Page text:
Figure 4.

LinkHub relational and RDF data models. (a) LinkHub relational model (b) An example RDF graph of two statements or triplets: (Q60996, gene_annotation, GO:0005634) and (Q60996, protein family, PF01603), which describe that there is a protein (Q60996) whose gene annotation is identified by GO: 0005634 and protein_family by PF01603. This also exemplifies using an RDF graph to connect multiple resources. Here, it connects UniProt, Gene Ontology, and Pfam. The detailed description associated with each identifier can be provided by the corresponding resource (the URL or URI can provide access to such detailed descriptions). (c) Illustrates how the key LinkHub relational tables identifier_types, identifiers, and mappings (reproduced above the RDF structure) are mapped to the corresponding RDF structure. The resulting RDF graph captures different types of object identifiers stored in different databases and the relations (or mappings) between these object identifiers. The mapping types are explicitly represented as RDF properties. (d) Shows how the rest of the LinkHub relational tables (reproduced above the RDF structure) map to the RDF structure. The resulting RDF graph captures the different web resources (which can be grouped) accessible by LinkHub. In addition, the graph captures information about which web resources accept which types of object identifiers, as well as exceptions.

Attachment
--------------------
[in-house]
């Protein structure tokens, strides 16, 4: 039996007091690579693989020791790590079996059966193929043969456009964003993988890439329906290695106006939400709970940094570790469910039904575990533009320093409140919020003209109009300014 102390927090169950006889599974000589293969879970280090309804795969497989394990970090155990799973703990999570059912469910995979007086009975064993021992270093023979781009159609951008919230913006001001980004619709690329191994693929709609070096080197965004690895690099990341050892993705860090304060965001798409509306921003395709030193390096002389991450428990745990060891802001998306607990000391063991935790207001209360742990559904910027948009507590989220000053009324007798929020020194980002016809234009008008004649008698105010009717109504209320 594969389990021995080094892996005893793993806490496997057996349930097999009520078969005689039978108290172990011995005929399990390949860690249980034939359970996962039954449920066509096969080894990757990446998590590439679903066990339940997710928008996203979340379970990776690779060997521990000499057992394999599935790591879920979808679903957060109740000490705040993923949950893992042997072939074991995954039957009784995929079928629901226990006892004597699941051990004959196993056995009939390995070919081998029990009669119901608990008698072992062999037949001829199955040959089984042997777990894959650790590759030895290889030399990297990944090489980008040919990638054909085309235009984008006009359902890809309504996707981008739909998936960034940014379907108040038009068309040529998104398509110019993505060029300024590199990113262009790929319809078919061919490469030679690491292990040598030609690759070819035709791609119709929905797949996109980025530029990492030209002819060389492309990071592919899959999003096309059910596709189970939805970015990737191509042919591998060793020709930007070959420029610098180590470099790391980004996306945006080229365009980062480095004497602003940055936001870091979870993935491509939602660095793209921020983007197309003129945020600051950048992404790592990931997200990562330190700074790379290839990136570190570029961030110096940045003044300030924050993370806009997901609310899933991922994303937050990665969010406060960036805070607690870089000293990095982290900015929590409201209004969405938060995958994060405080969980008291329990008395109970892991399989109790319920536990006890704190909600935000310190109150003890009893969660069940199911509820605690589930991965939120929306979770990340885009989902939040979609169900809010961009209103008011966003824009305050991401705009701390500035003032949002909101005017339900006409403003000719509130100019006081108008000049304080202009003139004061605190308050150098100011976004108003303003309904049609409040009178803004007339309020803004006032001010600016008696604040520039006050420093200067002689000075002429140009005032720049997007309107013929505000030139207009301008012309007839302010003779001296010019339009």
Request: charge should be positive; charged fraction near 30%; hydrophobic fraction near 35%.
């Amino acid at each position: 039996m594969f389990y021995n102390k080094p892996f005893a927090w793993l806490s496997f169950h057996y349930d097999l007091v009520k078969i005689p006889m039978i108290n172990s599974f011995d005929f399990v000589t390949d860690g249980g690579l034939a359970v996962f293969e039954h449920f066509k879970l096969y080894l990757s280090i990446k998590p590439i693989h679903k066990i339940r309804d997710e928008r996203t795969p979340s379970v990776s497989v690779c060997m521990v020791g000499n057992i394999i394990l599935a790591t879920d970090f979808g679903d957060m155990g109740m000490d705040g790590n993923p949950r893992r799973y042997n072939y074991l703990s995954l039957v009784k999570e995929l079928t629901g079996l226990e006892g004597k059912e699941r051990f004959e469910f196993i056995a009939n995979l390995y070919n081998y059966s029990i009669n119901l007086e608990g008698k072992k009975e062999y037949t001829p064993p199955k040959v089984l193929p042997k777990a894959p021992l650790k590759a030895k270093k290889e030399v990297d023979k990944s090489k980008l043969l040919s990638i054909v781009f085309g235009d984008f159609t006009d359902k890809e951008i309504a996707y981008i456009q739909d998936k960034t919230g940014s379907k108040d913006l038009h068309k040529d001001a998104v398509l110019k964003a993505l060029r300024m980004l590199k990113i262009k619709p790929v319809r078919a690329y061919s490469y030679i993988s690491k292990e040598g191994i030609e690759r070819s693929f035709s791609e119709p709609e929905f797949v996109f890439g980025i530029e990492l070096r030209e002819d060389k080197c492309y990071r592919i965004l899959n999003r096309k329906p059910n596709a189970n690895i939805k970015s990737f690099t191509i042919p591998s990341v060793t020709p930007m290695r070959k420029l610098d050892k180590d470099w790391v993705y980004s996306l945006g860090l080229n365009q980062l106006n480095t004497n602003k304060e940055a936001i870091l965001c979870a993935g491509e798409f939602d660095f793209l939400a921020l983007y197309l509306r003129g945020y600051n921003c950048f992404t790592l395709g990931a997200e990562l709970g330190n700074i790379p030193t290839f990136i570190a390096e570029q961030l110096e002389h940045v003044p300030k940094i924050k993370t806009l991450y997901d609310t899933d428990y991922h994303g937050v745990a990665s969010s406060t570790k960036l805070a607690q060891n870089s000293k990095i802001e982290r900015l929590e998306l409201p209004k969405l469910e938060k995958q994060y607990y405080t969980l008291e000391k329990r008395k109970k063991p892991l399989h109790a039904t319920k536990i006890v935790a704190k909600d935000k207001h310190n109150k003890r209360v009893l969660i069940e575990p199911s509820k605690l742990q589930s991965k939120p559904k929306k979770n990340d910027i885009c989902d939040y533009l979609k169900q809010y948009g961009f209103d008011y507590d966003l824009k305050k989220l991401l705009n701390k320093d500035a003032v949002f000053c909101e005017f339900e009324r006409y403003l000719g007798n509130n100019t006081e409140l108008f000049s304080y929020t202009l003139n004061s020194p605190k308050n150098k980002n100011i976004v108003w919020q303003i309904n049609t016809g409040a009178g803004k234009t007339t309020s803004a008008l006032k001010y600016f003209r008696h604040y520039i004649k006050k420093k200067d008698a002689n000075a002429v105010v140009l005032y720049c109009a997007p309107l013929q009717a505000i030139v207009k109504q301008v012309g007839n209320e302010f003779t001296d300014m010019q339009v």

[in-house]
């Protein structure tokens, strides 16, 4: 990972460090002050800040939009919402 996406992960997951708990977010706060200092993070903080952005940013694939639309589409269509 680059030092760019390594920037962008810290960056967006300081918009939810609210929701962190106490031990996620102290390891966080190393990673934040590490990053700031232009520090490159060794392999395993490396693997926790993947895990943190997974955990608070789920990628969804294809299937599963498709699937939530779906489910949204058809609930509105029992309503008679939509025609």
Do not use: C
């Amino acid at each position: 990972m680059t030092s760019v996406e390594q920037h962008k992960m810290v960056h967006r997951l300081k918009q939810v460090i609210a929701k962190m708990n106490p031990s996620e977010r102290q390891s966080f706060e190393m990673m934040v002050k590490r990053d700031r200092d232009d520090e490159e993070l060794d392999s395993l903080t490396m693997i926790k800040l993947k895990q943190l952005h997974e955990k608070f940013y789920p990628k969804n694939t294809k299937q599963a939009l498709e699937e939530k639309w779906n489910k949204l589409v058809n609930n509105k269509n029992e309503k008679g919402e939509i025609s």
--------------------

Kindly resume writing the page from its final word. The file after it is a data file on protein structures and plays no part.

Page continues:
Smith et al. BMC Bioinformatics 2007 8(Suppl 3):S5   doi:10.1186/1471-2105-8-S3-S5